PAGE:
"You are right," cried the gentleman; "begone then, on your part, and I wil_epart as quickly on mine." And bowing to the lady, sprang into his saddle, while her coachman applied his whip vigorously to his horses. The tw_nterlocutors thus separated, taking opposite directions, at full gallop.
"Pay him, booby!" cried the stranger to his servant, without checking th_peed of his horse; and the man, after throwing two or three silver pieces a_he foot of mine host, galloped after his master.
"Base coward! false gentleman!" cried d'Artagnan, springing forward, in hi_urn, after the servant. But his wound had rendered him too weak to suppor_uch an exertion. Scarcely had he gone ten steps when his ears began t_ingle, a faintness seized him, a cloud of blood passed over his eyes, and h_ell in the middle of the street, crying still, "Coward! coward! coward!"
"He is a coward, indeed," grumbled the host, drawing near to d'Artagnan, an_ndeavoring by this little flattery to make up matters with the young man, a_he heron of the fable did with the snail he had despised the evening before.
"Yes, a base coward," murmured d'Artagnan; "but she—she was very beautiful."
"What she?" demanded the host.
"Milady," faltered d'Artagnan, and fainted a second time.
"Ah, it's all one," said the host; "I have lost two customers, but this on_emains, of whom I am pretty certain for some days to come. There will b_leven crowns gained."
It is to be remembered that eleven crowns was just the sum that remained i_'Artagnan's purse.
The host had reckoned upon eleven days of confinement at a crown a day, but h_ad reckoned without his guest. On the following morning at five o'cloc_'Artagnan arose, and descending to the kitchen without help, asked, amon_ther ingredients the list of which has not come down to us, for some oil, some wine, and some rosemary, and with his mother's recipe in his han_omposed a balsam, with which he anointed his numerous wounds, replacing hi_andages himself, and positively refusing the assistance of any doctor, d'Artagnan walked about that same evening, and was almost cured by the morrow.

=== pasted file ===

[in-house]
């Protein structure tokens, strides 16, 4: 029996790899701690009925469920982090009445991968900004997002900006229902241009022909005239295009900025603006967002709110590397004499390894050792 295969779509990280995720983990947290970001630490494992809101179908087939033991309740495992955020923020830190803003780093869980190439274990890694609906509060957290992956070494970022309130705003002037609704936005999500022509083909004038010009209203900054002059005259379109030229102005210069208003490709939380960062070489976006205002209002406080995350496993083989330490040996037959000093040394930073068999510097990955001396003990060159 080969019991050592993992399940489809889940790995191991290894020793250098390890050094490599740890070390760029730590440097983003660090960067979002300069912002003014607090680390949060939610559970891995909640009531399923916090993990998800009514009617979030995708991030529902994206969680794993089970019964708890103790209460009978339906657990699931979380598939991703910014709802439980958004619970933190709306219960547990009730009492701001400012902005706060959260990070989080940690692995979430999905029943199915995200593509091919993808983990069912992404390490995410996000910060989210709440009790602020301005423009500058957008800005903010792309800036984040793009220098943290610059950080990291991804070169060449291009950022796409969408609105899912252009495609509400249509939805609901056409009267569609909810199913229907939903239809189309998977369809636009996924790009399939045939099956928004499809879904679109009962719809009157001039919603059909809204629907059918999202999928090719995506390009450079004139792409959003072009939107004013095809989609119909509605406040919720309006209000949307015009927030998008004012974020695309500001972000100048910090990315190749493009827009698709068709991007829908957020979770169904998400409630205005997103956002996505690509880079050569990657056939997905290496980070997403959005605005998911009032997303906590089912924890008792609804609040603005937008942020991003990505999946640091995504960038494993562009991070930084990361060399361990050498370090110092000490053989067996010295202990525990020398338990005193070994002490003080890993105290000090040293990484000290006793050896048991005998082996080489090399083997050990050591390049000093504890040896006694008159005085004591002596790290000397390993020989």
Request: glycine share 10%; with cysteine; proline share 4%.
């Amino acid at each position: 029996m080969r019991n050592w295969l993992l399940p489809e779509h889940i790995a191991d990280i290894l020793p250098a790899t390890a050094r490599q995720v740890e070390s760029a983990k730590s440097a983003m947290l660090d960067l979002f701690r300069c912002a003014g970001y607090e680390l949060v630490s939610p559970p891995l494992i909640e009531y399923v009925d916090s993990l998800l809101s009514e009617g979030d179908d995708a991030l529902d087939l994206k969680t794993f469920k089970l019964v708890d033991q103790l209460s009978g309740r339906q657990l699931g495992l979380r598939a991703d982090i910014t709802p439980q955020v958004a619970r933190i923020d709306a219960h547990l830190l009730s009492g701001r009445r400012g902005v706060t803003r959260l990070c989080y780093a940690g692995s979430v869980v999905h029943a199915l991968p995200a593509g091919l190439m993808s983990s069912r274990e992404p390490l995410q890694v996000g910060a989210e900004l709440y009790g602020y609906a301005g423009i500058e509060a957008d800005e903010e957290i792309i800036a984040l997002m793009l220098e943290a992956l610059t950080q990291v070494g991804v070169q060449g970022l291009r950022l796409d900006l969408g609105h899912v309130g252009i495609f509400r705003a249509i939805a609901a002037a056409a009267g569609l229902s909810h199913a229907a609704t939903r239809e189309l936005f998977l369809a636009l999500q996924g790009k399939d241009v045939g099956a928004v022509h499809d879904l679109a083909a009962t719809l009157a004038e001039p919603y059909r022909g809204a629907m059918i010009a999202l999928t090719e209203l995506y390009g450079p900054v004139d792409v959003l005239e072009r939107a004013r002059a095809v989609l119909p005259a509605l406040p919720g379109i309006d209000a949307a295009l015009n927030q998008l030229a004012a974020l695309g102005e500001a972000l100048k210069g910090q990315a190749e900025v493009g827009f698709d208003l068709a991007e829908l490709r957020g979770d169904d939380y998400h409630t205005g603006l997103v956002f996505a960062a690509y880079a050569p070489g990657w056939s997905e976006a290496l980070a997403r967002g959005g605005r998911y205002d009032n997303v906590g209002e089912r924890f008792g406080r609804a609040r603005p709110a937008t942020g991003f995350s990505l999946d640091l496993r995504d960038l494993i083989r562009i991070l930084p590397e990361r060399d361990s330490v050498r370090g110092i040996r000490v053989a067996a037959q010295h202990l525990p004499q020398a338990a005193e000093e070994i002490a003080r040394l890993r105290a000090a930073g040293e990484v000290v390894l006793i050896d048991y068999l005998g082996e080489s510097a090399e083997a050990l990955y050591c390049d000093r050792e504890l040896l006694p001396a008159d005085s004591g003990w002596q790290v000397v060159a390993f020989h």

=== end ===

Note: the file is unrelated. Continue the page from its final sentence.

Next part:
But when the time came to pay for his rosemary, this oil, and the wine, th_nly expense the master had incurred, as he had preserved a stric_bstinence—while on the contrary, the yellow horse, by the account of th_ostler at least, had eaten three times as much as a horse of his size coul_easonably supposed to have done—d'Artagnan found nothing in his pocket bu_is little old velvet purse with the eleven crowns it contained; for as to th_etter addressed to M. de Treville, it had disappeared.
The young man commenced his search for the letter with the greatest patience, turning out his pockets of all kinds over and over again, rummaging an_erummaging in his valise, and opening and reopening his purse; but when h_ound that he had come to the conviction that the letter was not to be found, he flew, for the third time, into such a rage as was near costing him a fres_onsumption of wine, oil, and rosemary—for upon seeing this hot-headed yout_ecome exasperated and threaten to destroy everything in the establishment i_is letter were not found, the host seized a spit, his wife a broom handle, and the servants the same sticks they had used the day before.